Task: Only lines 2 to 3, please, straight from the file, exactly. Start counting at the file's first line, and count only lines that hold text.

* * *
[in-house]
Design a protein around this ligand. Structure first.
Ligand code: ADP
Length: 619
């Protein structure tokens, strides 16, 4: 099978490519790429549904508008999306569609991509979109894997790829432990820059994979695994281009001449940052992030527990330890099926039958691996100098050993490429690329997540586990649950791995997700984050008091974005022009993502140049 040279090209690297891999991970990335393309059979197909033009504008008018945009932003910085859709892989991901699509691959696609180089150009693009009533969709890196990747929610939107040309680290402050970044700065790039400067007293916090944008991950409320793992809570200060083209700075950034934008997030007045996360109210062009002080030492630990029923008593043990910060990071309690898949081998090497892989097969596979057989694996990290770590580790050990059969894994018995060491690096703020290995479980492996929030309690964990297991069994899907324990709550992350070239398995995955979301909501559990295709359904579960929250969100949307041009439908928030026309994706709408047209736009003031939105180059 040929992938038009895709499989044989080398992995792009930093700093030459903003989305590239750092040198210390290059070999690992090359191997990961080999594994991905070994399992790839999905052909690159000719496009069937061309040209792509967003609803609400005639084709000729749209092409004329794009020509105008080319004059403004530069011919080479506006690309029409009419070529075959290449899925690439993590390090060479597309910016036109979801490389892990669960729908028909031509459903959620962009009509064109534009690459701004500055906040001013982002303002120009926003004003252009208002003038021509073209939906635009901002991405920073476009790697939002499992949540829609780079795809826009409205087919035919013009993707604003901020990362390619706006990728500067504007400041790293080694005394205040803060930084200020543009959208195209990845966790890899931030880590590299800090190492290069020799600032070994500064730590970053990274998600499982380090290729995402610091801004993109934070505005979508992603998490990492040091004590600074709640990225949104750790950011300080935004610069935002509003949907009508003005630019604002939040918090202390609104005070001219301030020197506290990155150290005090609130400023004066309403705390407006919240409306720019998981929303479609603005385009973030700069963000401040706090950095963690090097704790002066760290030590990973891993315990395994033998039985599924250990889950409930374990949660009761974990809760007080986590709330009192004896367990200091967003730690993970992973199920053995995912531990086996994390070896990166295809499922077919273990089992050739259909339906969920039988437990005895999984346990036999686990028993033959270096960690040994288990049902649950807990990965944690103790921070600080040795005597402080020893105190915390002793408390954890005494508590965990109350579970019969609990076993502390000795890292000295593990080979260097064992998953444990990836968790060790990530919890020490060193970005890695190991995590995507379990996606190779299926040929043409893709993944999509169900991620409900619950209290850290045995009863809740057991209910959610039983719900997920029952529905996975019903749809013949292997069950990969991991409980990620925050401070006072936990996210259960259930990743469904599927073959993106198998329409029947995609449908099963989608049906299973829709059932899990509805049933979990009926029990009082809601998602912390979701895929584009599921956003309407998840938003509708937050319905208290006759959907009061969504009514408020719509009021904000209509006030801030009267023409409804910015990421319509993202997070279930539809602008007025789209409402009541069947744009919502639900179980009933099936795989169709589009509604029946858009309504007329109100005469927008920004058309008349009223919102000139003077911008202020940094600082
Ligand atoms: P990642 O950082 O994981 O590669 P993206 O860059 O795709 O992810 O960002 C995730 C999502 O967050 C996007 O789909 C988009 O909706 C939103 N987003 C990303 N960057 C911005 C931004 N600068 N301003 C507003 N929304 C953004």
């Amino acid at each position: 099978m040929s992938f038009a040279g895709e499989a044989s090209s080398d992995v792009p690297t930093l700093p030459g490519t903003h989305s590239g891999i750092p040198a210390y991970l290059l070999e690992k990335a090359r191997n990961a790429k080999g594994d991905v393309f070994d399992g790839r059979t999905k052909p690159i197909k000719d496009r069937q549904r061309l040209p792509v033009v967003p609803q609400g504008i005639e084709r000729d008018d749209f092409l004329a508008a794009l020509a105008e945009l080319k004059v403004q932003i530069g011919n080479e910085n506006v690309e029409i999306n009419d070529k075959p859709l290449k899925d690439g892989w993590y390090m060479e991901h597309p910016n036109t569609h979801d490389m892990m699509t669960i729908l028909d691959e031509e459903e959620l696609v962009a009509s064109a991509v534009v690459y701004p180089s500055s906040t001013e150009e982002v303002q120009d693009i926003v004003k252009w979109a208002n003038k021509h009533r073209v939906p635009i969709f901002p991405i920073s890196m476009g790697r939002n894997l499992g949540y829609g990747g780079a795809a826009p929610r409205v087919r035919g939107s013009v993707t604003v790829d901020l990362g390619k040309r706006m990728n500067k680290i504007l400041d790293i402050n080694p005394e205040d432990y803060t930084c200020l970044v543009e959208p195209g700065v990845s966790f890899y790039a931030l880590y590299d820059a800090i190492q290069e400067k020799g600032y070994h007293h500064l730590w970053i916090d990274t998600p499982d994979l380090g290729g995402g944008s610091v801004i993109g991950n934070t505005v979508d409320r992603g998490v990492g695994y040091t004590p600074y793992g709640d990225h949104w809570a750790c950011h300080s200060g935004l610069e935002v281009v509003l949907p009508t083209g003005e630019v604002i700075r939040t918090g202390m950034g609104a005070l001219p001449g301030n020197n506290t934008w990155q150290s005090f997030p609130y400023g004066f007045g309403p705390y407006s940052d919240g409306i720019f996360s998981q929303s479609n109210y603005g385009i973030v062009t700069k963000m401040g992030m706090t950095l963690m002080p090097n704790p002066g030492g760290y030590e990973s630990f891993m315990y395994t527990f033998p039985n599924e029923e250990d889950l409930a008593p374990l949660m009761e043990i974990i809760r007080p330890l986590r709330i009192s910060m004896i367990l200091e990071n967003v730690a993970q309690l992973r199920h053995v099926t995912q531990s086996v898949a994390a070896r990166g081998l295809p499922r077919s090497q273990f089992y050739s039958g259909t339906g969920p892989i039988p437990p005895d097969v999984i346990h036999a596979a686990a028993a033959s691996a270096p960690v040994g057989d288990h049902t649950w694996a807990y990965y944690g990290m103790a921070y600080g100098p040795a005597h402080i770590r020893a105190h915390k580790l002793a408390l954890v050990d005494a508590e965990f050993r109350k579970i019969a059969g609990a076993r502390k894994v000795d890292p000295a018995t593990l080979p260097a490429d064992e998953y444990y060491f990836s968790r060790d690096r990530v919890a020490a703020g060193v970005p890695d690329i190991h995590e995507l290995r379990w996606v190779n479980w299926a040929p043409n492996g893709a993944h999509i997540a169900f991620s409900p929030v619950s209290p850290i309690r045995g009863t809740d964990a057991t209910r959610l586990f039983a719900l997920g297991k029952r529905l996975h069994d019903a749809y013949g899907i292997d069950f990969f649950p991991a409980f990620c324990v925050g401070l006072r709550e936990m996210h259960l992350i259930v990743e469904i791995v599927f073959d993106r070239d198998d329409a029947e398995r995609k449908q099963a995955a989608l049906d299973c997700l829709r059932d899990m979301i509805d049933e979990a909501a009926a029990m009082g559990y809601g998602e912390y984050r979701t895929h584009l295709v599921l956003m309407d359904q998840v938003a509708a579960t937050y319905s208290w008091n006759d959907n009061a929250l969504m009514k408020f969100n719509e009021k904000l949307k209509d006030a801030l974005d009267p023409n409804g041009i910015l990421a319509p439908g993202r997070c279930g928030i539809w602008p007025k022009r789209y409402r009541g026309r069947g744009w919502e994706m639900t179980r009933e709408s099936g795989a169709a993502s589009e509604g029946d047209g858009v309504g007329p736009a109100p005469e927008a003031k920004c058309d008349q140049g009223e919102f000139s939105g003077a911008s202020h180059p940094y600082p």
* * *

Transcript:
Design a protein around this ligand. Structure first.
Ligand code: ADP